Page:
Three ASU New College professors from the School of Mathematical and Natural Sciences received an award from the Mayo Clinic to research the connections between obesity, vitamin D and serotonin levels and irritable bowel syndrome (IBS). Read more about them in their bios:
Dr. Jennifer Broatch is an assistant professor and her expertise include Statistical Methods for Educational Data – Focus Value Added Models.
Dr. Peter Jurutka is an associate professor and his research interests include cancer, alzheimer’s, and molecular endocrinology.
Dr. Todd Sandrin is a professor with research interests in molecular biology, and chemistry.
We congratulate Dr Broatch, Dr. Jurutka and Dr. Sandrin on receiving this research award.
Traditionally we search for signs of deception in the deceiver’s behavior. Using a novel approach for eliciting and detecting deception in naturalistic conversations, a new study finds that deception and conflict can be spotted from the speech and movement that both interlocutor share with each other. Deceiver and deceived become more coordinated, nodding more in unison and adopting a more similar speech rate than in truthful conversations. The paper reporting these findings – “Conversing with a devil’s advocate: Interpersonal coordination in deception and disagreement” – was recently published in Plos One.
“From disguising one’s romantic interest in someone just met, or commenting on how much you like a friend’s unfortunate fashion choice, deception pervades everyday conversations and often goes undetected.” states Nicholas Duran – lead author of the study and assistant professor at Arizona State University. Most studies focus on whether you can detect lies in the deceiver’s behavior. “We were more interested in the social life of deception.” explains Riccardo Fusaroli – co-author and associate professor in Cognitive Science at the Interacting Minds Center, Aarhus University – “As people lie within conversation, what does that do to the ongoing patterns of social coordination? People regularly adjust to each other’s movement and speech. Does deception break this patterns? Or more interesting, do deceivers hijack the coordination process to be more effective in their lies?”.
The researchers used a novel “devil’s advocate” paradigm. Participants were brought together to discuss their opinions on controversial topics, like abortion, gay marriage, and drug legalization. Then, in secret, one of the participants was instructed to argue for an opinion opposite to what they really thought. Sometimes their partner also shared this deceptive opinion (where they agreed), and other times they did not (where they disagreed). “We focused on “micro-behaviors”: the moment-by-moment subtle fluctuations in head movement and speech that are measured on the scale of tens of milliseconds” reports Nicholas Duran “We are rarely aware of how our behaviors change and adapt to our interlocutors, often at quite fast rates, but previous research has shown how important micro-behaviors are for social interactions. We rely on them to implicitly judge how much we like each other, to diffuse conflict, and to establish and maintain a wide range of social relations”.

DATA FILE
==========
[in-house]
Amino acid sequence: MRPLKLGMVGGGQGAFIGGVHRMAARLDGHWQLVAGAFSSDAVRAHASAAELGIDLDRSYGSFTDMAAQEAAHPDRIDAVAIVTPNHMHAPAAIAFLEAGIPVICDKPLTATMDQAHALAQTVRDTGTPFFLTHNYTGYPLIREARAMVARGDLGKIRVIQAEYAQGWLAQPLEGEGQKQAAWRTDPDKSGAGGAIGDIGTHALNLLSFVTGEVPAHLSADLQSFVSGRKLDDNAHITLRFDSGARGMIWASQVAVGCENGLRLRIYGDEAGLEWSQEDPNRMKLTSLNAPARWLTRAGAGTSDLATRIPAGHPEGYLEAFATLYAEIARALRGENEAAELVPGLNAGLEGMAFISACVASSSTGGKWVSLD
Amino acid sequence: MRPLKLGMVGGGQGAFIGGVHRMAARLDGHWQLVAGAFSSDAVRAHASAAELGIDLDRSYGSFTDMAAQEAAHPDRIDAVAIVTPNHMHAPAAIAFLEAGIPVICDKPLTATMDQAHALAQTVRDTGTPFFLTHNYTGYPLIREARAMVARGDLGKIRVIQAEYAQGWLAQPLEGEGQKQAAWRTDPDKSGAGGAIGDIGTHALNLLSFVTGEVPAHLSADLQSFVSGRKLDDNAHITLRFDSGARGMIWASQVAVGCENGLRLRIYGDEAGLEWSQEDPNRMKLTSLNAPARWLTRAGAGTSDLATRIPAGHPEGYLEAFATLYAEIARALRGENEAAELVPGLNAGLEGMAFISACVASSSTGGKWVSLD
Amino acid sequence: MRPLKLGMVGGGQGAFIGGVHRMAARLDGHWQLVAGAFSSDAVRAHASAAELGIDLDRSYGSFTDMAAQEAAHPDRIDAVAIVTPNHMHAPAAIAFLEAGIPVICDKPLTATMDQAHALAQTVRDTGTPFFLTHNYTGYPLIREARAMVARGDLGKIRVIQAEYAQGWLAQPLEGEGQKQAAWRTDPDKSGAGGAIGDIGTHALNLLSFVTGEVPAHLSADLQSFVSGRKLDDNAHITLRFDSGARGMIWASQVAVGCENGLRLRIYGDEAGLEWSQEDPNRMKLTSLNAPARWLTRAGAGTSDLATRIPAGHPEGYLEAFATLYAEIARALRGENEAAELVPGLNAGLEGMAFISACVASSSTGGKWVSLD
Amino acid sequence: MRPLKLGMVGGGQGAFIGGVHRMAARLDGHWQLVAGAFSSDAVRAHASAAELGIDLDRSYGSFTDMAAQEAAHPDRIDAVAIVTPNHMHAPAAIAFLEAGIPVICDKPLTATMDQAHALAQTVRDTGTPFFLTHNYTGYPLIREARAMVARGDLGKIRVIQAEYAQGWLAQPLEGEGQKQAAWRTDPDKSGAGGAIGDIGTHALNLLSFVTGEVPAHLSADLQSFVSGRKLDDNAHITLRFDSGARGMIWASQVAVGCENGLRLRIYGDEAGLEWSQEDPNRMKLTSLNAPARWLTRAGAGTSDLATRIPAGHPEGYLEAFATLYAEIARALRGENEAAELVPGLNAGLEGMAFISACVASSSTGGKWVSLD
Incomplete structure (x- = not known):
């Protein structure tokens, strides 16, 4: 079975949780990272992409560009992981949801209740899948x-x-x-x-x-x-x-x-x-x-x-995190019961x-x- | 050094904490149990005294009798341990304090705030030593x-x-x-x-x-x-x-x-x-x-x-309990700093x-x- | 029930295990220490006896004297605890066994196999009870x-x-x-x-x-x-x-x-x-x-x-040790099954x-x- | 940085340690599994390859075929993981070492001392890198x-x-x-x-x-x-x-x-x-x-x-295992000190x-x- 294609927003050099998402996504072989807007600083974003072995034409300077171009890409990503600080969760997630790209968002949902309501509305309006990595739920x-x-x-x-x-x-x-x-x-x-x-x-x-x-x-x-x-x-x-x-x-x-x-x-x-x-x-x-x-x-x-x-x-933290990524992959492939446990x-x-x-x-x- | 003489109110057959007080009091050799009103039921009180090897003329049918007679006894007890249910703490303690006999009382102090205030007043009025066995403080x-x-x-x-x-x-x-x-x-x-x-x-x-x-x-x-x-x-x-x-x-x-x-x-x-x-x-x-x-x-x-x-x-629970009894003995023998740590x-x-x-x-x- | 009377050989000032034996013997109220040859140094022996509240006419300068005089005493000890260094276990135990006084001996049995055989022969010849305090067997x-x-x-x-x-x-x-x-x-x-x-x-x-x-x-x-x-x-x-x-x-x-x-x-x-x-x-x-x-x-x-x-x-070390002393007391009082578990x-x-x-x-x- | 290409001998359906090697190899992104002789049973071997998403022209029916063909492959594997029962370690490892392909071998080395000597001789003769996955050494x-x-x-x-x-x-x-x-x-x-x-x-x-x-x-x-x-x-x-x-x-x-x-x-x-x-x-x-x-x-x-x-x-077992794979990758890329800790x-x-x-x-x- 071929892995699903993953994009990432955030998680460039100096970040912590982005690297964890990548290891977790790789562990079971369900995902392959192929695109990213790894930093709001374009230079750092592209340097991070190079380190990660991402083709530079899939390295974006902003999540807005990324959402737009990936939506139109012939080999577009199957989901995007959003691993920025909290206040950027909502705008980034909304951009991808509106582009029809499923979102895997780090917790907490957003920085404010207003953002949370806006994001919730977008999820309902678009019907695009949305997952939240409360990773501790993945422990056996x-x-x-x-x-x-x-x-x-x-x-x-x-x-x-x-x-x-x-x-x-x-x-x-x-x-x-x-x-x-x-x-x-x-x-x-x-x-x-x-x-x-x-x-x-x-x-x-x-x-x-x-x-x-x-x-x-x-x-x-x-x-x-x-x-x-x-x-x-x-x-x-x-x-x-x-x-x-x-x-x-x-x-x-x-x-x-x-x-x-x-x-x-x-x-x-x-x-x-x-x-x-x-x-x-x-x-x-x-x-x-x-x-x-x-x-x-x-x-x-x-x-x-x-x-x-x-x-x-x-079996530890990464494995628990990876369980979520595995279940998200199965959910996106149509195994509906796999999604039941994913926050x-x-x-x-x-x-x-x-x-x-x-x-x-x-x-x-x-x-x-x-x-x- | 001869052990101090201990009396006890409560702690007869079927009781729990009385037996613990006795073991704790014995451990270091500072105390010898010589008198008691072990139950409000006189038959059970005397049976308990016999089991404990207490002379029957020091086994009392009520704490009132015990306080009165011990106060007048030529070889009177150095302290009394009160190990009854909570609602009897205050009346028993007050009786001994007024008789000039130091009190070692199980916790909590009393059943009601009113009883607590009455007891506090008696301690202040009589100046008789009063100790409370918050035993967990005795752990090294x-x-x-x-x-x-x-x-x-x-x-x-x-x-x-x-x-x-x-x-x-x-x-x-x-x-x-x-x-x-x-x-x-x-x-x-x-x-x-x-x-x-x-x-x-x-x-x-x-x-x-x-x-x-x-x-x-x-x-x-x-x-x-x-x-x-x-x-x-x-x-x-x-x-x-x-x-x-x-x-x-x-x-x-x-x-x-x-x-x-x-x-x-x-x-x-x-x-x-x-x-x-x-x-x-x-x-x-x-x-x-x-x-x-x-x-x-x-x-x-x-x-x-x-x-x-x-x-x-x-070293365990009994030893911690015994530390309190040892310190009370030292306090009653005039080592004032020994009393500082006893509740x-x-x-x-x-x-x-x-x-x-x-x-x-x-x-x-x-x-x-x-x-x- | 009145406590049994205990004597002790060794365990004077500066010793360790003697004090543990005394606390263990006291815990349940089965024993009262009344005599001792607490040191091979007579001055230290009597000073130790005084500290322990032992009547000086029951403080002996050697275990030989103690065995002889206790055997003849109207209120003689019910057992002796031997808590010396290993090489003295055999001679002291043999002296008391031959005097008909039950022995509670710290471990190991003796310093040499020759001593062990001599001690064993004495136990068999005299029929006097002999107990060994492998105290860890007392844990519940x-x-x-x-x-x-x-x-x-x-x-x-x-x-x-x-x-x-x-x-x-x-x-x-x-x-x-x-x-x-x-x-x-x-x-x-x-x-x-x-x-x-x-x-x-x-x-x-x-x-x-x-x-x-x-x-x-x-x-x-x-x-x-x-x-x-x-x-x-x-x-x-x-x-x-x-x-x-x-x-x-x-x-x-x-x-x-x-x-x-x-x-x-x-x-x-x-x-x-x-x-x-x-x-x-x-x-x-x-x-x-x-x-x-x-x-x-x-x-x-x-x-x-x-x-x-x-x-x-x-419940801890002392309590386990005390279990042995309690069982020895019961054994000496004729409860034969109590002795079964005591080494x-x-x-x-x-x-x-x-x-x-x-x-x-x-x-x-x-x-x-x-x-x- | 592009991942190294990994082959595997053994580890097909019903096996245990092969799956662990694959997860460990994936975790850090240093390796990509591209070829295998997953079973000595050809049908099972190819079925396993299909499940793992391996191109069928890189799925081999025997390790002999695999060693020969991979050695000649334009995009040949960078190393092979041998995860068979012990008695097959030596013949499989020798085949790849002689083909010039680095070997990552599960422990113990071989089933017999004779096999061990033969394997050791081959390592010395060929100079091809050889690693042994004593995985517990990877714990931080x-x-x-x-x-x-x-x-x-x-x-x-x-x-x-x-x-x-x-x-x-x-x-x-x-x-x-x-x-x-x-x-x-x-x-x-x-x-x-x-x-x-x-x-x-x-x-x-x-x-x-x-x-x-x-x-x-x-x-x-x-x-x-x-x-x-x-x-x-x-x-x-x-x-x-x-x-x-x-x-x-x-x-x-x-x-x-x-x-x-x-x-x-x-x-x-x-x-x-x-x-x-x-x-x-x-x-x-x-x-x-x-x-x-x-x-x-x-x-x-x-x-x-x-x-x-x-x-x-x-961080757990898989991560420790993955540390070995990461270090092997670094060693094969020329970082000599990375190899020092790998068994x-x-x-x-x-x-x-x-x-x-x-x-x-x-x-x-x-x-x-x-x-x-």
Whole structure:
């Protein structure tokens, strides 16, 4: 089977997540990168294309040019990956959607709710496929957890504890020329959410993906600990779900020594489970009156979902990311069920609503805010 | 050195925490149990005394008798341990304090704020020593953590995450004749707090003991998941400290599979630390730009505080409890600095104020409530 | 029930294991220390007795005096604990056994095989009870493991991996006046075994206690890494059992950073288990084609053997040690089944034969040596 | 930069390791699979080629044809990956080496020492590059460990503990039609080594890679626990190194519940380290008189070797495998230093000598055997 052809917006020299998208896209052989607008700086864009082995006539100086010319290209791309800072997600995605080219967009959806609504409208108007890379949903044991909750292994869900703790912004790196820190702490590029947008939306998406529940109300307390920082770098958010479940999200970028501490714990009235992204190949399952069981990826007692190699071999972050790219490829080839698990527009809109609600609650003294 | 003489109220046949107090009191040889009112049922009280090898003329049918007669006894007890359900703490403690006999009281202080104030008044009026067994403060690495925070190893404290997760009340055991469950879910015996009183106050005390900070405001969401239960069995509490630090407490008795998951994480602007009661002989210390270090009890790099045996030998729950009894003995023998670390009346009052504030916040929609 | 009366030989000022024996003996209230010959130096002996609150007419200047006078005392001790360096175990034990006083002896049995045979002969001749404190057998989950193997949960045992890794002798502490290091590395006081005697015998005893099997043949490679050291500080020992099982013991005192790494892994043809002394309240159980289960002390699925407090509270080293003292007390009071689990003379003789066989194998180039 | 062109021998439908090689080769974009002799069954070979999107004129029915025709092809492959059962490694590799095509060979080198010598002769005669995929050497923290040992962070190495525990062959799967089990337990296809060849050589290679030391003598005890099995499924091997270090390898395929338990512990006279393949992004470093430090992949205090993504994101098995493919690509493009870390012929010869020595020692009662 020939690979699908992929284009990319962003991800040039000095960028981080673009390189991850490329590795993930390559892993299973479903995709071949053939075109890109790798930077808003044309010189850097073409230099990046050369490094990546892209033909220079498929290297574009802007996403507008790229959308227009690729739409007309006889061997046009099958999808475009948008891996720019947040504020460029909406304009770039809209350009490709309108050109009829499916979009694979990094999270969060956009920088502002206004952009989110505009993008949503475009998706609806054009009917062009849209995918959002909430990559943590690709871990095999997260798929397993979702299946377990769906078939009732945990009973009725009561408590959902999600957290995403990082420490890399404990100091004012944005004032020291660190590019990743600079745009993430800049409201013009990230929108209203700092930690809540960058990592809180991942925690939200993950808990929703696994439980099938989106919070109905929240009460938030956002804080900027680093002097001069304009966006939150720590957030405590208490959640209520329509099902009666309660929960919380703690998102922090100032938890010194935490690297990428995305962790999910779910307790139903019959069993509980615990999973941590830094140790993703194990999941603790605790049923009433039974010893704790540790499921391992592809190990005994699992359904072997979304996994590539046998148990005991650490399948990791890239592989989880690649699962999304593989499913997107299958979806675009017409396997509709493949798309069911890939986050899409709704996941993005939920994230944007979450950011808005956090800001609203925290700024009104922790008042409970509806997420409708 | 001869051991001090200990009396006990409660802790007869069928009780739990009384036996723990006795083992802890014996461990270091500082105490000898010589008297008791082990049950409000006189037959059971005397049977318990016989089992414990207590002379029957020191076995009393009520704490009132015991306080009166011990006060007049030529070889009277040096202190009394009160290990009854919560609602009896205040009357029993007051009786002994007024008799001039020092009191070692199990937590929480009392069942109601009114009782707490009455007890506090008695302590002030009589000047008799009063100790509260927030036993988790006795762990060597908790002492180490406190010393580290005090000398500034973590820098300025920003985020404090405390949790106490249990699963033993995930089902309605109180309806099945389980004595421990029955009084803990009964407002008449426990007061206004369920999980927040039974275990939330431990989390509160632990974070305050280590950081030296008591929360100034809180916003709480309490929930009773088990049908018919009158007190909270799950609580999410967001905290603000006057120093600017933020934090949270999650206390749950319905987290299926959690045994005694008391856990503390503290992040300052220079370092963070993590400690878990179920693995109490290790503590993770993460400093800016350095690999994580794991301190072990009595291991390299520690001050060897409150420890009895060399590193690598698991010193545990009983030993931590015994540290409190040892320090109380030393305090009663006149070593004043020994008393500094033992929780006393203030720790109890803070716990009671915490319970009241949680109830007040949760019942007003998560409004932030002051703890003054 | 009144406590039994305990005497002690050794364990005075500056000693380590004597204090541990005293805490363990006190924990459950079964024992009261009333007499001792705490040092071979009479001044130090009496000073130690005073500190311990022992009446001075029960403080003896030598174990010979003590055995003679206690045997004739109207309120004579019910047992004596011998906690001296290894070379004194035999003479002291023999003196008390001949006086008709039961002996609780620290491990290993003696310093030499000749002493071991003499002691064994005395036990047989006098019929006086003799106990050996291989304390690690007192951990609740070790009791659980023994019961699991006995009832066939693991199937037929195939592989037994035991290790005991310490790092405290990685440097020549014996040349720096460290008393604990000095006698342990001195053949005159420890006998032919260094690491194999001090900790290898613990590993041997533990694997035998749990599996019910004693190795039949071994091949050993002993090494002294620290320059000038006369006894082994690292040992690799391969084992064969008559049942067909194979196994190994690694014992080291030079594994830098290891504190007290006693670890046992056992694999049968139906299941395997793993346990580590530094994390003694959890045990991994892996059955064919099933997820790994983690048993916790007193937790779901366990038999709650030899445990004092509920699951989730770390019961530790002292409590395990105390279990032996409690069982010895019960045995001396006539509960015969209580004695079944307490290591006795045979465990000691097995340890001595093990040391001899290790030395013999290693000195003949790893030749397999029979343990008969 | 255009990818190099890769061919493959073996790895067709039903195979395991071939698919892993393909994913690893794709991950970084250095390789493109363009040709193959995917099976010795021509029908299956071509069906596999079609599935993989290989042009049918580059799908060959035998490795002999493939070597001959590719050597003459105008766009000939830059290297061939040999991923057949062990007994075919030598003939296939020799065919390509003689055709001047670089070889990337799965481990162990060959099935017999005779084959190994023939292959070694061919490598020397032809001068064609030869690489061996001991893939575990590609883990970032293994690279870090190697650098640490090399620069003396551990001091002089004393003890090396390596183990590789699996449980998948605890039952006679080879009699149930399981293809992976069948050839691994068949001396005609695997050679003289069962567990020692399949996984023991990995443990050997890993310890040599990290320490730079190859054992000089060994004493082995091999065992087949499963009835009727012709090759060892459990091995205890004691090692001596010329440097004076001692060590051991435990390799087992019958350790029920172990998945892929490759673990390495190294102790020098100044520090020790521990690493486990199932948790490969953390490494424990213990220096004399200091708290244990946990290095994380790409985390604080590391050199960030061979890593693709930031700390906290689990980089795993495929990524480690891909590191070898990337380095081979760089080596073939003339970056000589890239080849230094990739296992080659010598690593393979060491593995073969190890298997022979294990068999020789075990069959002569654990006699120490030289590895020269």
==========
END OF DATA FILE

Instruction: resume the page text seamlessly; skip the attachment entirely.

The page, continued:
The results show conversations involving deception display a higher degree of interpersonal coordination: people tend to nod and move their heads more in unison, and their speech rate is more coordinated than in truthful conversations. “Usually coordination is taken to be a sign of a well functioning truthful and comfortable social interaction.” elaborates Riccardo Fusaroli “ Here we show that coordination is more complex than that. We might use it strategically to achieve deception, to diffuse a potentially conflictual situation and even to escalate it”.
The “Conversing with a devil’s advocate” study opens a new window on deceptive and conflictual social interactions and the way we navigate and implicitly negotiate them. It suggests that the deceiver is only a partial entry into the complex social phenomenon of deception, since their behaviors resonate and tightly integrate with those being deceived.
Dr. C. Alejandra Elenes, Associate Professor in the School of Humanities, Arts & Cultural Studies received a Program for Transborder Communities (PTC) seed individual grant from the School of Transborder Studies for her research on Chicana Intellectual Traditions: Transborder Women’s Narratives in Borderland Communities. This grant is part of her larger project Chicana Intellectual Traditions, which seeks to document via ethnographic research the experiences of Chicanas in Women, Gender and Sexuality Studies. An important component of this project is tracing genealogies of the formation of Chicana feminist thought. The grant will cover travel expenses to examine the emergence of a Chicana feminist intellectual genealogy in the U.S.-Mexico Borderlands in the archives of Jovita Gonzalez and Josefina Niggli located in Texas. Specifically, the grant covers travel expenses to examine three important collections on Gonzalez: Texas A & ; M University at Corpus Christi has the largest collection in the E.E Mireles and Jovita Gonzalez Mireles Papers, The Benson Latin American Collection at the University of Texas at Austin holds the Jovita Gonzalez Mireles Manuscripts and Works ca 1925-1980, and the Southwestern Writers Collection at Texas State University-San Marcos contains the manuscript of Gonzalez master’s thesis. Elenes will also visit the Incarnate Word College in San Antonio to examine their Niggli archives.